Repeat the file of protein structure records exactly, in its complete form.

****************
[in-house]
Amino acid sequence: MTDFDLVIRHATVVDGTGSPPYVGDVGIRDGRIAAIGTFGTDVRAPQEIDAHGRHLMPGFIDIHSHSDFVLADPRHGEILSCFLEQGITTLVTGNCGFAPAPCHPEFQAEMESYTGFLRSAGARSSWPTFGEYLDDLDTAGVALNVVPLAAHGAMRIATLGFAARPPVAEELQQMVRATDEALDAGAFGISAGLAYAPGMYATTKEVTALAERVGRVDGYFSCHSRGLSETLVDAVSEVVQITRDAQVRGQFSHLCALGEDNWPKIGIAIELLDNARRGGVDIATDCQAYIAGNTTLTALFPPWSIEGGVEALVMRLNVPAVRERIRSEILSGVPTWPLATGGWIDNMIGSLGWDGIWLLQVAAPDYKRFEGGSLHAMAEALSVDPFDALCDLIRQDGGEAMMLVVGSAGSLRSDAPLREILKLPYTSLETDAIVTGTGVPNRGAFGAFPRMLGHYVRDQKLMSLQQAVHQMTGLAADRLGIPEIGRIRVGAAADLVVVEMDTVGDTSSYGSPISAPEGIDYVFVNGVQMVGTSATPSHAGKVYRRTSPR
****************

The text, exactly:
[in-house]
Amino acid sequence: MTDFDLVIRHATVVDGTGSPPYVGDVGIRDGRIAAIGTFGTDVRAPQEIDAHGRHLMPGFIDIHSHSDFVLADPRHGEILSCFLEQGITTLVTGNCGFAPAPCHPEFQAEMESYTGFLRSAGARSSWPTFGEYLDDLDTAGVALNVVPLAAHGAMRIATLGFAARPPVAEELQQMVRATDEALDAGAFGISAGLAYAPGMYATTKEVTALAERVGRVDGYFSCHSRGLSETLVDAVSEVVQITRDAQVRGQFSHLCALGEDNWPKIGIAIELLDNARRGGVDIATDCQAYIAGNTTLTALFPPWSIEGGVEALVMRLNVPAVRERIRSEILSGVPTWPLATGGWIDNMIGSLGWDGIWLLQVAAPDYKRFEGGSLHAMAEALSVDPFDALCDLIRQDGGEAMMLVVGSAGSLRSDAPLREILKLPYTSLETDAIVTGTGVPNRGAFGAFPRMLGHYVRDQKLMSLQQAVHQMTGLAADRLGIPEIGRIRVGAAADLVVVEMDTVGDTSSYGSPISAPEGIDYVFVNGVQMVGTSATPSHAGKVYRRTSPR